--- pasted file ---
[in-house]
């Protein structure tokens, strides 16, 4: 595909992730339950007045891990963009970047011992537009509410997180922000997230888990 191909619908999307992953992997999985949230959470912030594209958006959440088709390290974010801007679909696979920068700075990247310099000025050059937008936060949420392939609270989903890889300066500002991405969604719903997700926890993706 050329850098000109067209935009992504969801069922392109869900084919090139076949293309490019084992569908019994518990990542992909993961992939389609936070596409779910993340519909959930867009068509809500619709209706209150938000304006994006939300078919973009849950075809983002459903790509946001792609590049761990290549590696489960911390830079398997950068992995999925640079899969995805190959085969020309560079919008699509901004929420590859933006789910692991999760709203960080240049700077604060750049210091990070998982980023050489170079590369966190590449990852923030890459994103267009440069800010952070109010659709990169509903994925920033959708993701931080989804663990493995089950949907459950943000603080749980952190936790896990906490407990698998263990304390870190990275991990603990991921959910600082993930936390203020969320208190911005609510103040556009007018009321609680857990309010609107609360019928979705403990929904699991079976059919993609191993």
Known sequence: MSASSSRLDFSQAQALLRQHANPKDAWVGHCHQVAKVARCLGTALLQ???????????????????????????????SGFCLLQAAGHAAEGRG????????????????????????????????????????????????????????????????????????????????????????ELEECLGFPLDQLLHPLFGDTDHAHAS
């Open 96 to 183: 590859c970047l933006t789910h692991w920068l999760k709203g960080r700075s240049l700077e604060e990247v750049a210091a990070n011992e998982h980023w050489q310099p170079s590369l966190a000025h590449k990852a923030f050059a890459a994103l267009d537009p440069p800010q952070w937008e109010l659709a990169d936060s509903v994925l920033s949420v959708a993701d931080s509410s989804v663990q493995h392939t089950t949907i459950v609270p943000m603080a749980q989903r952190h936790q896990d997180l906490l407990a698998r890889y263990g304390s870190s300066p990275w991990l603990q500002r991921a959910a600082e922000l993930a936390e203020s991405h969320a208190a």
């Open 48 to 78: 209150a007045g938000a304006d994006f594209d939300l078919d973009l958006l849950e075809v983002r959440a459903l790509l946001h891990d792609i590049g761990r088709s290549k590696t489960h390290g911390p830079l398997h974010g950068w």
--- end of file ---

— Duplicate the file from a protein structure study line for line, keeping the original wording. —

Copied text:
[in-house]
């Protein structure tokens, strides 16, 4: 595909992730339950007045891990963009970047011992537009509410997180922000997230888990 191909619908999307992953992997999985949230959470912030594209958006959440088709390290974010801007679909696979920068700075990247310099000025050059937008936060949420392939609270989903890889300066500002991405969604719903997700926890993706 050329850098000109067209935009992504969801069922392109869900084919090139076949293309490019084992569908019994518990990542992909993961992939389609936070596409779910993340519909959930867009068509809500619709209706209150938000304006994006939300078919973009849950075809983002459903790509946001792609590049761990290549590696489960911390830079398997950068992995999925640079899969995805190959085969020309560079919008699509901004929420590859933006789910692991999760709203960080240049700077604060750049210091990070998982980023050489170079590369966190590449990852923030890459994103267009440069800010952070109010659709990169509903994925920033959708993701931080989804663990493995089950949907459950943000603080749980952190936790896990906490407990698998263990304390870190990275991990603990991921959910600082993930936390203020969320208190911005609510103040556009007018009321609680857990309010609107609360019928979705403990929904699991079976059919993609191993």
Known sequence: MSASSSRLDFSQAQALLRQHANPKDAWVGHCHQVAKVARCLGTALLQ???????????????????????????????SGFCLLQAAGHAAEGRG????????????????????????????????????????????????????????????????????????????????????????ELEECLGFPLDQLLHPLFGDTDHAHAS
């Open 96 to 183: 590859c970047l933006t789910h692991w920068l999760k709203g960080r700075s240049l700077e604060e990247v750049a210091a990070n011992e998982h980023w050489q310099p170079s590369l966190a000025h590449k990852a923030f050059a890459a994103l267009d537009p440069p800010q952070w937008e109010l659709a990169d936060s509903v994925l920033s949420v959708a993701d931080s509410s989804v663990q493995h392939t089950t949907i459950v609270p943000m603080a749980q989903r952190h936790q896990d997180l906490l407990a698998r890889y263990g304390s870190s300066p990275w991990l603990q500002r991921a959910a600082e922000l993930a936390e203020s991405h969320a208190a």
């Open 48 to 78: 209150a007045g938000a304006d994006f594209d939300l078919d973009l958006l849950e075809v983002r959440a459903l790509l946001h891990d792609i590049g761990r088709s290549k590696t489960h390290g911390p830079l398997h974010g950068w």